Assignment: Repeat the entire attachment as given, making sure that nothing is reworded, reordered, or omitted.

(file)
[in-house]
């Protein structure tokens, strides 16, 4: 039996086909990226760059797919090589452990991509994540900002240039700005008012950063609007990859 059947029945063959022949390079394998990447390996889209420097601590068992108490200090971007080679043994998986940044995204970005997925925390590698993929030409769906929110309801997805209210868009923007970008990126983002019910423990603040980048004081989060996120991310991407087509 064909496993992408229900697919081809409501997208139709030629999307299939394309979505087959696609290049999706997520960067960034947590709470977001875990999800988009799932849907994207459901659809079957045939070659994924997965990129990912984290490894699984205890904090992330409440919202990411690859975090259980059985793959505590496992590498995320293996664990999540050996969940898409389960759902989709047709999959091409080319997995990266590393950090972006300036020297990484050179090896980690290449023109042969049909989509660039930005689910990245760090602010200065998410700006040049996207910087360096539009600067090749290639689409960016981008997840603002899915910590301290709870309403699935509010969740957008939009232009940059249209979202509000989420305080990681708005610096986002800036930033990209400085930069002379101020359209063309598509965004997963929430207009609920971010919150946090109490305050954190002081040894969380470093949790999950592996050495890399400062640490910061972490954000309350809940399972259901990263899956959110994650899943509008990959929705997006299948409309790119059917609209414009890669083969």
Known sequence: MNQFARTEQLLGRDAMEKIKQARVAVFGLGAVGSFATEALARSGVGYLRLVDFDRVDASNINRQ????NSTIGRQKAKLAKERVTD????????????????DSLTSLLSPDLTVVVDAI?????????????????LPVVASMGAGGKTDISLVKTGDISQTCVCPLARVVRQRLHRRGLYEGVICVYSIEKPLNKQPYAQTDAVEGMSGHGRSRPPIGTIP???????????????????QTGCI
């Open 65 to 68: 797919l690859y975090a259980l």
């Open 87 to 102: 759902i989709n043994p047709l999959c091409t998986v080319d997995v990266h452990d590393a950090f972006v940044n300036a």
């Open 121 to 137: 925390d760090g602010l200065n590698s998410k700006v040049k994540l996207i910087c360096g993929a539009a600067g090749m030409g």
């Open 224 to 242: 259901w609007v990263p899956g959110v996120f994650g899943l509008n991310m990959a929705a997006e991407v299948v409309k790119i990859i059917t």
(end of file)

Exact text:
[in-house]
């Protein structure tokens, strides 16, 4: 039996086909990226760059797919090589452990991509994540900002240039700005008012950063609007990859 059947029945063959022949390079394998990447390996889209420097601590068992108490200090971007080679043994998986940044995204970005997925925390590698993929030409769906929110309801997805209210868009923007970008990126983002019910423990603040980048004081989060996120991310991407087509 064909496993992408229900697919081809409501997208139709030629999307299939394309979505087959696609290049999706997520960067960034947590709470977001875990999800988009799932849907994207459901659809079957045939070659994924997965990129990912984290490894699984205890904090992330409440919202990411690859975090259980059985793959505590496992590498995320293996664990999540050996969940898409389960759902989709047709999959091409080319997995990266590393950090972006300036020297990484050179090896980690290449023109042969049909989509660039930005689910990245760090602010200065998410700006040049996207910087360096539009600067090749290639689409960016981008997840603002899915910590301290709870309403699935509010969740957008939009232009940059249209979202509000989420305080990681708005610096986002800036930033990209400085930069002379101020359209063309598509965004997963929430207009609920971010919150946090109490305050954190002081040894969380470093949790999950592996050495890399400062640490910061972490954000309350809940399972259901990263899956959110994650899943509008990959929705997006299948409309790119059917609209414009890669083969």
Known sequence: MNQFARTEQLLGRDAMEKIKQARVAVFGLGAVGSFATEALARSGVGYLRLVDFDRVDASNINRQ????NSTIGRQKAKLAKERVTD????????????????DSLTSLLSPDLTVVVDAI?????????????????LPVVASMGAGGKTDISLVKTGDISQTCVCPLARVVRQRLHRRGLYEGVICVYSIEKPLNKQPYAQTDAVEGMSGHGRSRPPIGTIP???????????????????QTGCI
């Open 65 to 68: 797919l690859y975090a259980l």
């Open 87 to 102: 759902i989709n043994p047709l999959c091409t998986v080319d997995v990266h452990d590393a950090f972006v940044n300036a």
């Open 121 to 137: 925390d760090g602010l200065n590698s998410k700006v040049k994540l996207i910087c360096g993929a539009a600067g090749m030409g």
């Open 224 to 242: 259901w609007v990263p899956g959110v996120f994650g899943l509008n991310m990959a929705a997006e991407v299948v409309k790119i990859i059917t």